In September 1942, Lindemans established his own escape line in Abbeville, transporting refugees through occupied Belgium into Spain and Portugal. November 1942, he was arrested after being denounced by a woman living in Paris, an acquaintance named Colette. He was imprisoned by the Germans for five months, being the only one of his organization to be detained.
After his release in 1943, Lindemans served as a contact man for resistance movements, some with Communist tendencies such as the RVV (Raad van Verzet or Council of Resistance, being engaged in both communications sabotage and protection of people in hiding), the CS VI group of Amsterdam (a clandestine sabotage and intelligence organisation) the illegal papers Trouw (Fidelity) and Het Parool (The spoken Word), the Dutch-Paris escape line run by John Henry Weidner and for evasion networks within the jurisdiction of the British MI9. Lindemans was also a member of the Belgian underground army called Les Affranchis (The Liberate,founded by Camille Tromme), allowing him to remain in possession of a machine gun and a revolver. As "le Tueur" (the Killer), he undertook missions to kill and was ready to shoot at the slightest provocation.
Both feared and admired, he became one of the leaders of the Dutch resistance. He had begun collecting jewels and other valuables from rich women to provide fighting funds for the underground "escape route" through occupied Belgium and the Netherlands into Spain and Portugal. But he took also another identity, that of Freddi Desmet, an officer in the Belgian army and Special Operations Executive (SOE) agent with security clearance at the Dutch Military Intelligence Division of the SOE (MID/SOE).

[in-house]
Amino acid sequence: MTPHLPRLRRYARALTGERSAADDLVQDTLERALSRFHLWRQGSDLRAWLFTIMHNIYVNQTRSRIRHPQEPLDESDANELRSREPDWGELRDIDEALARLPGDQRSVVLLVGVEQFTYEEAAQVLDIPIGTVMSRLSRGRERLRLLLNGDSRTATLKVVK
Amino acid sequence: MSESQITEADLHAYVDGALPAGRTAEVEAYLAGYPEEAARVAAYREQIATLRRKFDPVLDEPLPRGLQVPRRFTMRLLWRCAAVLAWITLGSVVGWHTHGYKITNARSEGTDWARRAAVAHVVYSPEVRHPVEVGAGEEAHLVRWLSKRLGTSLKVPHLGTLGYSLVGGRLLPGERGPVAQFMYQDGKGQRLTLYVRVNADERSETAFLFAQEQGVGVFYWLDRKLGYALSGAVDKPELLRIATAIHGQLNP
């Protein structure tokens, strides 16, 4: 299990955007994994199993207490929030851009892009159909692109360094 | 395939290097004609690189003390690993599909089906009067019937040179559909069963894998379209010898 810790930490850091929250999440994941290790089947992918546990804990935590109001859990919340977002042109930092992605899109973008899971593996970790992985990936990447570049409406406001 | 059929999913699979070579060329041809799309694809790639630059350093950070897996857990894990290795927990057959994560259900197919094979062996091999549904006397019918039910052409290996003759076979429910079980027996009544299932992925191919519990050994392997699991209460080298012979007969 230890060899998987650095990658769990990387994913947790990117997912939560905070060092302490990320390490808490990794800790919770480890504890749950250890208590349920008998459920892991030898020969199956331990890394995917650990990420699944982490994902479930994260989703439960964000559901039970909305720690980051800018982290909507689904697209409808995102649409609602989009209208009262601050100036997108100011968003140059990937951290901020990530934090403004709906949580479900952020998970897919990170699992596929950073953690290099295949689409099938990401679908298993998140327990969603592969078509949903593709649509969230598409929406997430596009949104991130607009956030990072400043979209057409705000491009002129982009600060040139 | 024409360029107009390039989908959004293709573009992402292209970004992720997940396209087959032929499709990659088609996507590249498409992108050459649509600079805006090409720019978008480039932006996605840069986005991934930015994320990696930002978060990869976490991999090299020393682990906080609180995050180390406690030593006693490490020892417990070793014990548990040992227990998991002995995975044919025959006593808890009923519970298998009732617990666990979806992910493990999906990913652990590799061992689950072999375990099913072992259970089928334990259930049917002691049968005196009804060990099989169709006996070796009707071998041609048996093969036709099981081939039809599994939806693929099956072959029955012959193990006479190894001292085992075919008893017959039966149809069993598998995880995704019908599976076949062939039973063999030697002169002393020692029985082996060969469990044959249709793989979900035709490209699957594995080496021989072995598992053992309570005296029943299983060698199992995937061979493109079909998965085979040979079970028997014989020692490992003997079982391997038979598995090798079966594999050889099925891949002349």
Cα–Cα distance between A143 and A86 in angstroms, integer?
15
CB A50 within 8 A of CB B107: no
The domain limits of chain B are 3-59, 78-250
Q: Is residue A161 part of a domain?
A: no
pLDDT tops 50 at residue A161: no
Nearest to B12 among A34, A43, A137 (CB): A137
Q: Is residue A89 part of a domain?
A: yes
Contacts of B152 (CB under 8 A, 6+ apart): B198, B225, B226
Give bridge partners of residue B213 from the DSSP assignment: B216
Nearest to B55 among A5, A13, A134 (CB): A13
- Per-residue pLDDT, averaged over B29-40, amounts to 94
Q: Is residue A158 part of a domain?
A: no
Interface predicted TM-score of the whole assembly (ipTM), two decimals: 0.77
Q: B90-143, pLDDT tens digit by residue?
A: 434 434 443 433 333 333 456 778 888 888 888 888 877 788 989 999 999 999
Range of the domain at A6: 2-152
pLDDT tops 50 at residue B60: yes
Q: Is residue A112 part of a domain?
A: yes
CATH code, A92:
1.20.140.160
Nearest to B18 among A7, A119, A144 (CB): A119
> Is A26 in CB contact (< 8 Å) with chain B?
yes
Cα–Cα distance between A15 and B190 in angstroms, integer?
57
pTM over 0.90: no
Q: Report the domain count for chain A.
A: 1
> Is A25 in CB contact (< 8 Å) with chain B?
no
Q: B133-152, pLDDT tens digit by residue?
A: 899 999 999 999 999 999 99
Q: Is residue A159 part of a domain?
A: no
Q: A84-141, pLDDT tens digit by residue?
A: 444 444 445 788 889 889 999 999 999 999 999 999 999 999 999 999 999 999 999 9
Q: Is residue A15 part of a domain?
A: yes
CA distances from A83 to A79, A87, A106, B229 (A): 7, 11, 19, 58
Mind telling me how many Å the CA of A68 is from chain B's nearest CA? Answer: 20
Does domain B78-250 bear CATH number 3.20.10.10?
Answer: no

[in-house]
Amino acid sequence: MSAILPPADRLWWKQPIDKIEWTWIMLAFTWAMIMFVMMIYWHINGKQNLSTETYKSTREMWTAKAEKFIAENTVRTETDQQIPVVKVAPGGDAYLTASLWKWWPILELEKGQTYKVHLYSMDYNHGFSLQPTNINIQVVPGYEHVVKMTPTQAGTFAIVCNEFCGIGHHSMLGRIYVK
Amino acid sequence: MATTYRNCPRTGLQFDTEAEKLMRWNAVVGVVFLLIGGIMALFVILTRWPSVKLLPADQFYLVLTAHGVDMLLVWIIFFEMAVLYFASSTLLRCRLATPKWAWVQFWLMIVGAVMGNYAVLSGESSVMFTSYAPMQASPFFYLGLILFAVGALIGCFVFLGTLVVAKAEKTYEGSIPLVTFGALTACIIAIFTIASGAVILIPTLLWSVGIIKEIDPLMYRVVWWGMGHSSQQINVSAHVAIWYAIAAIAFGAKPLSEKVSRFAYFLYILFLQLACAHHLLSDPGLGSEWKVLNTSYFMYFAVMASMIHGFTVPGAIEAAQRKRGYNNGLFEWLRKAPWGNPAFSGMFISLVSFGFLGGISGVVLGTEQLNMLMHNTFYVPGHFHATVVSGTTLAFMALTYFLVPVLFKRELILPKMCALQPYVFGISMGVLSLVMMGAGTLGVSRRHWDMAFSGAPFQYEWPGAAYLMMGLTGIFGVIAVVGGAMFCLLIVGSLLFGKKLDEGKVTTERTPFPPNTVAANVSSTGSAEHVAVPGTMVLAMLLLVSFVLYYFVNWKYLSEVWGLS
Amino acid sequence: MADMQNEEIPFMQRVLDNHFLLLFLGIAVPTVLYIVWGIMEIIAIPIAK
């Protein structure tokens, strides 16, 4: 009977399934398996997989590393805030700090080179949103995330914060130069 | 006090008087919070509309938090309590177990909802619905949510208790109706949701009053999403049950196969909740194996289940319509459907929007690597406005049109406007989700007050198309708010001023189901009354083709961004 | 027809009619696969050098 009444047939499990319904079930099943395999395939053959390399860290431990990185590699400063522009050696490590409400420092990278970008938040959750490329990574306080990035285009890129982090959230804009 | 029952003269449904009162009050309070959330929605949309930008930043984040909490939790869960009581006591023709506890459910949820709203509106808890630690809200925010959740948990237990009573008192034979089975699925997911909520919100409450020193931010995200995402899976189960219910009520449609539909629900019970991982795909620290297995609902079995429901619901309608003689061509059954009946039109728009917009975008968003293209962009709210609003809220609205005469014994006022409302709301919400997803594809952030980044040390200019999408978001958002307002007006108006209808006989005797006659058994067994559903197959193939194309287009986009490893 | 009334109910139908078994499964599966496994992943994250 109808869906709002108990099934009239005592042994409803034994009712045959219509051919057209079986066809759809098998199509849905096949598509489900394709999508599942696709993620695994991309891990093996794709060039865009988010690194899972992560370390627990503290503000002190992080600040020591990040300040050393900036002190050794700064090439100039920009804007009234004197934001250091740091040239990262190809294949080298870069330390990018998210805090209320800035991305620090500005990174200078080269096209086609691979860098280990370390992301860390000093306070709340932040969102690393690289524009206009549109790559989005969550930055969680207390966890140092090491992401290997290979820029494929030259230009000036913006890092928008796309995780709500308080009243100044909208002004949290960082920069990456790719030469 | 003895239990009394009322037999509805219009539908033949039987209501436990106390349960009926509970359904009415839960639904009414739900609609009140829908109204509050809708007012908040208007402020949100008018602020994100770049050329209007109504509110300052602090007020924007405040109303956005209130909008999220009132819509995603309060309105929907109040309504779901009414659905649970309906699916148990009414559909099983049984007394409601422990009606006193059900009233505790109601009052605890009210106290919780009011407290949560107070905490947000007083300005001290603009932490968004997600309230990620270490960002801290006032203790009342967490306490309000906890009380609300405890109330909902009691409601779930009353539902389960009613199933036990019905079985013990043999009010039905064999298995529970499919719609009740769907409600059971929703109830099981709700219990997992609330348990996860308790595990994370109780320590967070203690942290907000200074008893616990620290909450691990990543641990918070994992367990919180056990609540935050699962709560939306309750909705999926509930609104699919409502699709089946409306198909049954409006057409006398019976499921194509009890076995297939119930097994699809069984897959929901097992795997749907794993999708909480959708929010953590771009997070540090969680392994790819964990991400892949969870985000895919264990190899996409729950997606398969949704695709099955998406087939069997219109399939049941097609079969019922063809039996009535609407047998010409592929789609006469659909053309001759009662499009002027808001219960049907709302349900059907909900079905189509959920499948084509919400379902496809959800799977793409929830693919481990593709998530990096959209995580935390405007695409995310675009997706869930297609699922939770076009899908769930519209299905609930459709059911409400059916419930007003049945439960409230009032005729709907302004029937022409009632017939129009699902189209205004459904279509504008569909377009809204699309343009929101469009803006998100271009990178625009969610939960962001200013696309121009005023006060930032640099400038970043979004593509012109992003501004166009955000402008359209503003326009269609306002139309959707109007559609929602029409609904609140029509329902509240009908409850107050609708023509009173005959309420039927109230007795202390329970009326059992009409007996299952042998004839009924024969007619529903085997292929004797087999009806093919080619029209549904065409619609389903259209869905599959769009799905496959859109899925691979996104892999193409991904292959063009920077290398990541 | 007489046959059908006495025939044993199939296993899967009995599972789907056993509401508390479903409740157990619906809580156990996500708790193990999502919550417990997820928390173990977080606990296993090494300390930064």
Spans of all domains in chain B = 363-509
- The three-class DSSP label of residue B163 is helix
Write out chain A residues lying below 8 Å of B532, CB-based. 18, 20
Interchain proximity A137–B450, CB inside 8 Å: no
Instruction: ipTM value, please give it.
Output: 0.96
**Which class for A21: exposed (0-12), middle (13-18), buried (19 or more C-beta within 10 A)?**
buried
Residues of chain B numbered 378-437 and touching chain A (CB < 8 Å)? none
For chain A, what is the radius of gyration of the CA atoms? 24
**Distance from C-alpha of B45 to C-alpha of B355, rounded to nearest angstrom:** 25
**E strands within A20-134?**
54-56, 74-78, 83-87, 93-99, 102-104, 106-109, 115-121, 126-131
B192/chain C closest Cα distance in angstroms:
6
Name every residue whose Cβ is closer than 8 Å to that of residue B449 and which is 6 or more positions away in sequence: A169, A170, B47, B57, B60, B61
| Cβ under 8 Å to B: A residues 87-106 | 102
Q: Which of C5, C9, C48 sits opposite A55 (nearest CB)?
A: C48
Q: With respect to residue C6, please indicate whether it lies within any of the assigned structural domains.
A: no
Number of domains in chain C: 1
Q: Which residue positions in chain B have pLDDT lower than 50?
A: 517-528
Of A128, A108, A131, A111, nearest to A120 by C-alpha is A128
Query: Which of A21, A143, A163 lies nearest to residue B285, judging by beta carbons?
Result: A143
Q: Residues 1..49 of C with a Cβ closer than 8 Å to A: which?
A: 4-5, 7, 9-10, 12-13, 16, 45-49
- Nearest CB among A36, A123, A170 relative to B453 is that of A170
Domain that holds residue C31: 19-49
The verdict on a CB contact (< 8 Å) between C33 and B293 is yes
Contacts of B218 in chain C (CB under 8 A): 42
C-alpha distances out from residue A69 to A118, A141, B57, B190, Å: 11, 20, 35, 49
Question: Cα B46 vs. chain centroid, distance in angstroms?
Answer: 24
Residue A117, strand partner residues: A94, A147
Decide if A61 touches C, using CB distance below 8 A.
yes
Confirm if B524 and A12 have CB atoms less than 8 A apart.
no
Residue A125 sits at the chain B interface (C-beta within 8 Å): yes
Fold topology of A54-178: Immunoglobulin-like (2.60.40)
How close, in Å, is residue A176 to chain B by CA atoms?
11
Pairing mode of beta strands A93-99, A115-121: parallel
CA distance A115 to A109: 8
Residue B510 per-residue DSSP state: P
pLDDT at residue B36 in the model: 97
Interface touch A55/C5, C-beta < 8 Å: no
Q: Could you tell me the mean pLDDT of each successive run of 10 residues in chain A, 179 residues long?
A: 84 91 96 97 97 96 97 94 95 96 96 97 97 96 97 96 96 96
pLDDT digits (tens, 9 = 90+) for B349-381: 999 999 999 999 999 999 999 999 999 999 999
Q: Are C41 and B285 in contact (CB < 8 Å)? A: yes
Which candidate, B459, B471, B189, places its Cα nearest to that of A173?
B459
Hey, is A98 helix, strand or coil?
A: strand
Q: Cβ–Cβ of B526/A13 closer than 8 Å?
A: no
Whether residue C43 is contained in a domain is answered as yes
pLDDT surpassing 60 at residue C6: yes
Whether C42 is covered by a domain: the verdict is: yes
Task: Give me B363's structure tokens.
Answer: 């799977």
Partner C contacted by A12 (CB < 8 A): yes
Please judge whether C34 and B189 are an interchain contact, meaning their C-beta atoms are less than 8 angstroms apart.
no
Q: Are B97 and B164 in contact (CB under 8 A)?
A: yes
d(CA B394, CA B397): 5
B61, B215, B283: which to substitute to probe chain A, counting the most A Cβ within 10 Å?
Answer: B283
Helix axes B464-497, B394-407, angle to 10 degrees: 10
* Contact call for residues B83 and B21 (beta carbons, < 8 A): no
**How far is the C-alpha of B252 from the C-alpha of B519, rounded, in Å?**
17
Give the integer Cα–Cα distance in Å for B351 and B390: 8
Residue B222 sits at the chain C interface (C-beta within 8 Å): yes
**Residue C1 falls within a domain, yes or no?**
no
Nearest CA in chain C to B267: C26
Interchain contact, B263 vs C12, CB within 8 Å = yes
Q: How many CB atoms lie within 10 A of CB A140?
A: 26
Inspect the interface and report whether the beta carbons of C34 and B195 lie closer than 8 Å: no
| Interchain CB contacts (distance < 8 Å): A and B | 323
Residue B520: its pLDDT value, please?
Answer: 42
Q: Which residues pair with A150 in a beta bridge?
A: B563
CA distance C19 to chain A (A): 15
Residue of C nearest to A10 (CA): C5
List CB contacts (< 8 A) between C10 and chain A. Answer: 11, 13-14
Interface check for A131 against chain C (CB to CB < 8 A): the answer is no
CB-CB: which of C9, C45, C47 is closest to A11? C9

Around February 1944, his younger brother Henk was arrested in Rotterdam by the Sicherheitspolizei and held captive at The Hague, awaiting execution for helping English people to escape from the Netherlands. On 24 February 1944 his then 3 months pregnant wife Gilberte Letuppe was arrested in Paris. They searched her bag and her room and found three ID cards, some Kommandantur signatures, pass and some German employment permits, all stolen the previous day, in addition to the items discovered, three revolvers and a box of ammunition, all to be hand over to a French resistance movement in Bordeaux (Lindemans was there at the time of his wife's arrest).